Active Tectonics and Seismic Potential of Alaska by Jeffrey T. Freymueller, Peter J. Haeussler, Robert L.

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By Jeffrey T. Freymueller, Peter J. Haeussler, Robert L. Wesson, Göran Ekström

Published by way of the yank Geophysical Union as a part of the Geophysical Monograph Series.

This multidisciplinary monograph presents the 1st glossy integrative precis all for the main amazing energetic tectonic structures in North America.

Encompassing seismology, tectonics, geology, and geodesy, it comprises papers that summarize the kingdom of data, together with history fabric for these strange with the quarter; handle international hypotheses utilizing facts from Alaska; and attempt very important international hypotheses utilizing info from this region.

It is prepared round 4 significant themes:

  • subduction and nice earthquakes on the Aleutian Arc,
  • the transition from strike slip to accretion and subduction of the Yakutat microplate,
  • the Denali fault and comparable constructions and their position in accommodating everlasting deformation of the overriding plate, and
  • regional integration and large-scale versions and using information from Alaska to deal with very important international questions and hypotheses.

The book's book close to the start of the nationwide technology Foundation's EarthScope venture makes it particularly well timed simply because Alaska may be the least understood zone in the EarthScope footprint, and curiosity within the area should be anticipated to upward thrust with time as extra EarthScope info develop into available.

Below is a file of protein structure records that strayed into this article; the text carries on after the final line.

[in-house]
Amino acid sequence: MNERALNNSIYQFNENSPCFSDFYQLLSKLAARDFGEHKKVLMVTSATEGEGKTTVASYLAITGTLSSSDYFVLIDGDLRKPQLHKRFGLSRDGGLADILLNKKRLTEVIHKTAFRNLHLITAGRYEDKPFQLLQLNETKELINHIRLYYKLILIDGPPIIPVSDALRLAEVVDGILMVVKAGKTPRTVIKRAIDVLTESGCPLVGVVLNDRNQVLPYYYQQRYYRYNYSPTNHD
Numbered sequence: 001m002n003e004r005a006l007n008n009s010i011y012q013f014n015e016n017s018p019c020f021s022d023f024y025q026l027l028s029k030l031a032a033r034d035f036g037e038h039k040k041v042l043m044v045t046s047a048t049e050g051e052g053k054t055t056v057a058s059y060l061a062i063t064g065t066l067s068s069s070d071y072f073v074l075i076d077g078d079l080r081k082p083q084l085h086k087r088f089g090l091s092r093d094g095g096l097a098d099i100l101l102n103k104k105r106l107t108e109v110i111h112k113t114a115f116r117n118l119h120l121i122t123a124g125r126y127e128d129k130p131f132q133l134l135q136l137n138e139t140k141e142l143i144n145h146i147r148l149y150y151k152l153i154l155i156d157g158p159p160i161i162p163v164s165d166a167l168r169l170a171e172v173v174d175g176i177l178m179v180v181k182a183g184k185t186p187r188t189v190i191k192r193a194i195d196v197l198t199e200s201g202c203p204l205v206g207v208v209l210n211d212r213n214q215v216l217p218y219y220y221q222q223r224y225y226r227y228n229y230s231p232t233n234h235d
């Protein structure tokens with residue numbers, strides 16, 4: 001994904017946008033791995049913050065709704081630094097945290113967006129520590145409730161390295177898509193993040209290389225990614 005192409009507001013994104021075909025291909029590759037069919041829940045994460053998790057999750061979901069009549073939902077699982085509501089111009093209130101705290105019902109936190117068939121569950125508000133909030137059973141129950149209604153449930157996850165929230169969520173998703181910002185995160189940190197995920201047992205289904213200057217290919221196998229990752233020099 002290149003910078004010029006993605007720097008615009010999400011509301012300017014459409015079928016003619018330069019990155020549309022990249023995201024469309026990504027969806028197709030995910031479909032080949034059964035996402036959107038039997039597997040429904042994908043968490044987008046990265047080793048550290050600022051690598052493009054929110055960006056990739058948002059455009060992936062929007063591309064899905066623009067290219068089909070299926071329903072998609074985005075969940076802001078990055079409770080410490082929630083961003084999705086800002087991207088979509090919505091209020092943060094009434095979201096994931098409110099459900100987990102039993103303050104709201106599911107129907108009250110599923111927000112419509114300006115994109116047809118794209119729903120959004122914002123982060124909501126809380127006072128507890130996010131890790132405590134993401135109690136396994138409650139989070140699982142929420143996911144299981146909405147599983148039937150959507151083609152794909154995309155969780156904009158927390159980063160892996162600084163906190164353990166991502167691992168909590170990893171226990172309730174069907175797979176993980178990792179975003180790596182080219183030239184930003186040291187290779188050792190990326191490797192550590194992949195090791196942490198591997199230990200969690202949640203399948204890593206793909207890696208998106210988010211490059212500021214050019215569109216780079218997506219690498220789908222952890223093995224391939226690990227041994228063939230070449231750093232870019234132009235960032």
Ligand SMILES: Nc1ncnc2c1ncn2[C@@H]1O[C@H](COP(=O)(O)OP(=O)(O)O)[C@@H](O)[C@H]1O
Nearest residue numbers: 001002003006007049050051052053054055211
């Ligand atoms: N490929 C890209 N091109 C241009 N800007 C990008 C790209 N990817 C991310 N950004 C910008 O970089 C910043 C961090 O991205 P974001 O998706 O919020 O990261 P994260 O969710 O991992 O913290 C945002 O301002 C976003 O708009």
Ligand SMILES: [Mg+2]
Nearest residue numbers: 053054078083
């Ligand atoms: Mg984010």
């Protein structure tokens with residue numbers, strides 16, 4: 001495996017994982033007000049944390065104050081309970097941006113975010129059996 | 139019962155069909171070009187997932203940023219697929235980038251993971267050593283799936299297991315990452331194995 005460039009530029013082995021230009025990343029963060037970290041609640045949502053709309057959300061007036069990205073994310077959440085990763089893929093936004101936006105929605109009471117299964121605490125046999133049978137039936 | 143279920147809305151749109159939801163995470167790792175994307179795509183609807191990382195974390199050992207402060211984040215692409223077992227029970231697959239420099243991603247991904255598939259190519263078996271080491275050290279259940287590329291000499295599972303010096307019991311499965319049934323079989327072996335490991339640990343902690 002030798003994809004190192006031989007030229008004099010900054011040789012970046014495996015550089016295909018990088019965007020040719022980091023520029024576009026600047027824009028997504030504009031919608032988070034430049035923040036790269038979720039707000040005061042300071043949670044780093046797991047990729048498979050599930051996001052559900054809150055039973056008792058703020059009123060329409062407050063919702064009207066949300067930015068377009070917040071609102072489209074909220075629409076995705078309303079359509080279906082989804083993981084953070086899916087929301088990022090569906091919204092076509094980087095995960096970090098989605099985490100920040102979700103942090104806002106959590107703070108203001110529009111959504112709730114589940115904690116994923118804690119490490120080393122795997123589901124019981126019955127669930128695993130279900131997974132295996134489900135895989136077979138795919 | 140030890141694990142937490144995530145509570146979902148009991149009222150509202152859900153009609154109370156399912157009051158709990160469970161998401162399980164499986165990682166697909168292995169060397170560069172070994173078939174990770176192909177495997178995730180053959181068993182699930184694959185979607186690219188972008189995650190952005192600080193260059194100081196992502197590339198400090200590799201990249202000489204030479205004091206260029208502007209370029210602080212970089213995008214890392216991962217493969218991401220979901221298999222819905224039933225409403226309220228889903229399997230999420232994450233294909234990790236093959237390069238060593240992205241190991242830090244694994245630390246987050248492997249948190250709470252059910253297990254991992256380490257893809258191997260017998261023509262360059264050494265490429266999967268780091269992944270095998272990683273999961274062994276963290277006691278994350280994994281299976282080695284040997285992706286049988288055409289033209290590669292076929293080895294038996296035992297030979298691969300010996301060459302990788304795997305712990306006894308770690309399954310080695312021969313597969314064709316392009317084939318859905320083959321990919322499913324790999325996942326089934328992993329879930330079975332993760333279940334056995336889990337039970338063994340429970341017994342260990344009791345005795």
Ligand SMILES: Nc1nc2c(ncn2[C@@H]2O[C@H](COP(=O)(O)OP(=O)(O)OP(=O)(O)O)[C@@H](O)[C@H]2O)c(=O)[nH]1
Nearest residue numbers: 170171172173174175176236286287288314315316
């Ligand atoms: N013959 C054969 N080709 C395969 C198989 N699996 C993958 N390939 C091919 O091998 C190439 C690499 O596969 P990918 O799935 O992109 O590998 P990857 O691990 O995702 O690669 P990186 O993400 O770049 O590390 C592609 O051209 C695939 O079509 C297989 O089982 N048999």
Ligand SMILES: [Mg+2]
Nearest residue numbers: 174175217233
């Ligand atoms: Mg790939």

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Extra resources for Active Tectonics and Seismic Potential of Alaska

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They used only three VLBI sites, neglecting Kodiak, Sand Point, and Cape Yakataga, because of the large elastic component to the deformation of those sites. They presented four models, which differed in the fault slip rates and in the relative weights of VLBI and slip rate data. The models predict fault slip rates and velocity vectors at points, and the latter can be compared to GPS velocities as long as we are careful to account for elastic deformation; their models did not include any component of elastic strain.

Its southeastern boundary is uncertain; nominally, we take it to be the Denali fault and its connection to the Chatham Strait fault, although GPS data show no obvious relative motion across the Chatham Strait fault. Its boundary with North America may be diffuse, or may involve faults in the rugged and icecovered Coast Mountains not presently known to be active. Freymueller et al. 33 Figure 17. Block model with block velocities relative to North America. Block boundaries are shown with thick lines, and other active faults with thin lines.

The slip deficit distribution for these periods, corrected for 1964 viscoelastic postseismic deformation, is shown in Plate 2b, and the region of slow slip in 1998–2001 is highlighted in that figure. Comparing the SSE period to the time before and after, there were no changes to the slip deficit distribution in the shallow part of the seismogenic zone that corresponds to the main 1964 rupture area. The downdip extent of the region of slip deficit estimated during the SSE period compares very well with the 1964 main slip zone, and the main slip zone appears to be kinematically locked during the entire study period.

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